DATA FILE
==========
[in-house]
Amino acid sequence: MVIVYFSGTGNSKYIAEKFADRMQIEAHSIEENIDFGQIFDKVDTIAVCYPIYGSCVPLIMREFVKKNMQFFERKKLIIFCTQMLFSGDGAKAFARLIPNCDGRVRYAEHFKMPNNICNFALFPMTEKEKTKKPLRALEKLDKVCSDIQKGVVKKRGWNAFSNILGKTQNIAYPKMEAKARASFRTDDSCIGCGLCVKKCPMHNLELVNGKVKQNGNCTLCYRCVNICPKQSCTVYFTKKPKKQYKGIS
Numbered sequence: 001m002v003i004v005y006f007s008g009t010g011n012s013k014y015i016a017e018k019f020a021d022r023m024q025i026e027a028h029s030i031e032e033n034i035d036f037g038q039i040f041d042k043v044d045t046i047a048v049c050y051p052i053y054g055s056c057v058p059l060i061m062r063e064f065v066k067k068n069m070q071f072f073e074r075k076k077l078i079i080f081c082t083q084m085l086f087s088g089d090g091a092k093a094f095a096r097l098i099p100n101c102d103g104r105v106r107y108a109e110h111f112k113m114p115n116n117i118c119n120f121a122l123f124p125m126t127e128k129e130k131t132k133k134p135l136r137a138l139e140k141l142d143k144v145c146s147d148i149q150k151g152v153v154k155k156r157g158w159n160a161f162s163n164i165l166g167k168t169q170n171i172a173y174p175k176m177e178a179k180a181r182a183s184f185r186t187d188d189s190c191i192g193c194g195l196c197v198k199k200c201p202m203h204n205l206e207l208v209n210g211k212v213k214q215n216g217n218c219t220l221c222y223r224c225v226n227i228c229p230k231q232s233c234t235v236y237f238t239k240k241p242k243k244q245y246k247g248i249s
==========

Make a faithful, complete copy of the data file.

[in-house]
Amino acid sequence: MVIVYFSGTGNSKYIAEKFADRMQIEAHSIEENIDFGQIFDKVDTIAVCYPIYGSCVPLIMREFVKKNMQFFERKKLIIFCTQMLFSGDGAKAFARLIPNCDGRVRYAEHFKMPNNICNFALFPMTEKEKTKKPLRALEKLDKVCSDIQKGVVKKRGWNAFSNILGKTQNIAYPKMEAKARASFRTDDSCIGCGLCVKKCPMHNLELVNGKVKQNGNCTLCYRCVNICPKQSCTVYFTKKPKKQYKGIS
Numbered sequence: 001m002v003i004v005y006f007s008g009t010g011n012s013k014y015i016a017e018k019f020a021d022r023m024q025i026e027a028h029s030i031e032e033n034i035d036f037g038q039i040f041d042k043v044d045t046i047a048v049c050y051p052i053y054g055s056c057v058p059l060i061m062r063e064f065v066k067k068n069m070q071f072f073e074r075k076k077l078i079i080f081c082t083q084m085l086f087s088g089d090g091a092k093a094f095a096r097l098i099p100n101c102d103g104r105v106r107y108a109e110h111f112k113m114p115n116n117i118c119n120f121a122l123f124p125m126t127e128k129e130k131t132k133k134p135l136r137a138l139e140k141l142d143k144v145c146s147d148i149q150k151g152v153v154k155k156r157g158w159n160a161f162s163n164i165l166g167k168t169q170n171i172a173y174p175k176m177e178a179k180a181r182a183s184f185r186t187d188d189s190c191i192g193c194g195l196c197v198k199k200c201p202m203h204n205l206e207l208v209n210g211k212v213k214q215n216g217n218c219t220l221c222y223r224c225v226n227i228c229p230k231q232s233c234t235v236y237f238t239k240k241p242k243k244q245y246k247g248i249s